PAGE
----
The New Fish: The Truth about Farmed Salmon and the Consequences We Can No Longer Ignore
& 1 more
Eat more fish, the doctors say. But is the salmon you are consuming really healthy? In the early 1970s, a group of scientists researched how to make more food for the growing population of the world. They looked to the sea. They sampled genes from salmon in 41 Norwegian and Swedish rivers and designed a new salmon that was fatter and faster growing. This was considered an amazing innovation and was the beginning of a new industry: salmon farming. The industry spread from coastal Norway to Scotland, Canada, Australia, Ireland, Chile, Iceland, the Faroe Islands, and the United States. Business boomed, jobs were created, and a new type of food, the farmed salmon, spread around the globe. People everywhere bought and enjoyed the abundant fish: grilled, poached, roasted, and as sushi and sashimi. They were grateful for this delicious, affordable protein.
But at what cost?
We now know that there were unintended consequences: some of these new fish escaped, competing for sustenance with other fish in the sea. The new fish spread diseases, salmon louse swarmed, and wild salmon stocks dwindles.
In a prizewinning five-year investigation, authors Simen Sætre and Kjetil Østli took an in-depth look at Norway's role in the global salmon industry and, for the first time, produced a comprehensive evaluation of the detrimental effects of salmon farming. From lice to escapees, from concentrating the waste of sea pens in the fjords through which wild salmon swim to their natal streams to the fact that salmon farming causes a net reduction of protein reaped from the ocean, the results don't look good. Recent victories, such as the banning of net-pen fish farms in the waters of Washington State, are an indication that we are awakening to the environmental price of engineered fish. It is said that we will continue to make the same mistakes unless we understand them. The New Fish combines nature writing from Norwegian fjords, the coast of Canada, Icelandic landscapes and the far south of Chile with character-driven literary non-fiction and classic muckraking. The authors started with this question: What happens when you create a new animal and place it in the sea? This book will tell you the answer.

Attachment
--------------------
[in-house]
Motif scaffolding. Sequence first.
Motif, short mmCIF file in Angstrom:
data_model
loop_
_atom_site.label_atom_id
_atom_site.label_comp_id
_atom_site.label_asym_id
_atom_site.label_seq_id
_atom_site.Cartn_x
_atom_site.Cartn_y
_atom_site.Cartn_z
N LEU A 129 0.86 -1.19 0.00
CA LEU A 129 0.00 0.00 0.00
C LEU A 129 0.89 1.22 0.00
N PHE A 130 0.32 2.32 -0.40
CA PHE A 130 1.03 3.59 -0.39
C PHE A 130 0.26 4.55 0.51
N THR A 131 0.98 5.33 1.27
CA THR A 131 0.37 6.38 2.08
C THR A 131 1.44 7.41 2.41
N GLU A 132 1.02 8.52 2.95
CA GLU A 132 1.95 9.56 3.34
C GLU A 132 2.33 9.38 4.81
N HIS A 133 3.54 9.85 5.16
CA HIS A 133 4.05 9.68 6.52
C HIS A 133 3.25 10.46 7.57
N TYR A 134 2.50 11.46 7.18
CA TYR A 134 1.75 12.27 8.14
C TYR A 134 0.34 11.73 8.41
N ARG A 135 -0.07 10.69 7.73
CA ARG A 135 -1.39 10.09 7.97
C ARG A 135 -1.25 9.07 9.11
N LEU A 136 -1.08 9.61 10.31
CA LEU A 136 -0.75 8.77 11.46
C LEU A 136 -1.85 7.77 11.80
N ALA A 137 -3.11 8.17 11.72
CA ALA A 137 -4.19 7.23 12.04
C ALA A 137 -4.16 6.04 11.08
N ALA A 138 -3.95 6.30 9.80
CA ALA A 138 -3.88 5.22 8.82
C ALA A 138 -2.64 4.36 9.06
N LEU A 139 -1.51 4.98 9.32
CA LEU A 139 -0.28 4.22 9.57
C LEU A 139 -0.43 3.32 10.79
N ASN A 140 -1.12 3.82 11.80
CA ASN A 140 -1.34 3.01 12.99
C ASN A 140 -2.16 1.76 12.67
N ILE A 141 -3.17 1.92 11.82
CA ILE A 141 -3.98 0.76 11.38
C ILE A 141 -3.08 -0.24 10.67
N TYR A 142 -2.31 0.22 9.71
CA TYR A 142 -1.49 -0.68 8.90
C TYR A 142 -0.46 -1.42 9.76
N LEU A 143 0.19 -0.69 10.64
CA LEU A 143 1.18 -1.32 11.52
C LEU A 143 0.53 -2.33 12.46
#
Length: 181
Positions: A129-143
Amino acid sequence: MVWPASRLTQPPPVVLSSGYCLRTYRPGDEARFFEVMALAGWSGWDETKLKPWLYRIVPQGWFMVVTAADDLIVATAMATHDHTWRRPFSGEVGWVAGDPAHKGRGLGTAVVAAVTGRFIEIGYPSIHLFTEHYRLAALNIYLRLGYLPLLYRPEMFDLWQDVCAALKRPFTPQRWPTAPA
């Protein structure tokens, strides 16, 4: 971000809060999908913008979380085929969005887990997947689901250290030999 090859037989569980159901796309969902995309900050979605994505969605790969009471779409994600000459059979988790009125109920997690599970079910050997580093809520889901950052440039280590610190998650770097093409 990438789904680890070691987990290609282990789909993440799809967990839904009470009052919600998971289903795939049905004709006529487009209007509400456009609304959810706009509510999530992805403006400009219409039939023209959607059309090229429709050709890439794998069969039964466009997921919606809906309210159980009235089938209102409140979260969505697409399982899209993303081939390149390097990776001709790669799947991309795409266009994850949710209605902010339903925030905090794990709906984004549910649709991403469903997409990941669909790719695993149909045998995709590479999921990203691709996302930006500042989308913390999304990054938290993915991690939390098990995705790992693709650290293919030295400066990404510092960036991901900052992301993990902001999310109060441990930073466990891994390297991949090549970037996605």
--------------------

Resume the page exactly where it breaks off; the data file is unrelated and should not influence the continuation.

July 11, 2023
5.8 X 9.0 X 1.1 inches | 1.5 pounds
Earn by promoting books
About the Author
Simen Sætre (b. 1974) is an investigative reporter who has been published in many languages. He has written six books, on themes including the international chocolate industry, oil states, and a spy in the Norwegian army. His thought-provoking books have been acclaimed and nominated for prizes.
Kjetil Østli (b. 1975) is a journalist and author. He co-runs the online magazine Harvest, specializing in nature writing. He has received several prizes and awards for his reporting and his four books, and his début Cops and Robbers earned him the prestigious Brage Award.
Siân Mackie is a translator of Scandinavian literature into English. They were born in Scotland and have an MA in Scandinavian Studies and an MSc in Literary Translation as a Creative Practice from the University of Edinburgh. They have translated a wide range of works, from young adult and children's literature--including Ingunn Thon's A Postcard to Ollis, which was nominated for the 2021 Carnegie Medal--to thrillers and nonfiction. They live in Southampton on the south coast of England.
"The detailed history of salmon fisheries is a bit niche, but the authors succeed in highlighting how small decisions can have big ecological consequences." -- Publishers Weekly
Journalists Saetre and Østli make their English language debut with this eye-opening overview of the damage salmon fisheries inflict on the environment and public health. Chronicling the industry's early days in the authors' native Norway, they describe how in 1970 brothers Sivert and Ove Grøntvedt established the first salmon farm after putting a large net filled with 16,000 young fish in the sea, and how in 1971 researcher Trygve Gjedrem started a breeding program that still provides much of the world with its salmon stock. According to the authors, the work required to sustain salmon farms had far-reaching if unintended consequences. The tight quarters led to the proliferation of salmon lice that threatened wild populations when captive fish escaped, but delousing agents proved deadly to marine life near the farms. Humans were affected, too: Farmed salmon have gray meat unless they're fed a synthetic compound that, when consumed in large quantities, can cause vision problems in people. The detailed history of salmon fisheries is a bit niche, but the authors succeed in highlighting how small decisions can have big ecological consequences. It's a smart if somewhat narrow appraisal of humanity's complicated relationship with nature. Photos. (July) -- Publishers Weekly
The journalists Simen Saetre and Kjetil Ostli, who spent five years studying farmed salmon, have written a 365-page exposé in the vein of Rachel Carson's "Silent Spring." -- Florence Fabricant, The New York Times
"One part muckraking, one part a love letter to salmon, if you eat, fish for, or just appreciate salmon, it's a must read." -- Adventure Journal
"an extraordinary piece of environmental journalism." -- Gray's Sporting Journal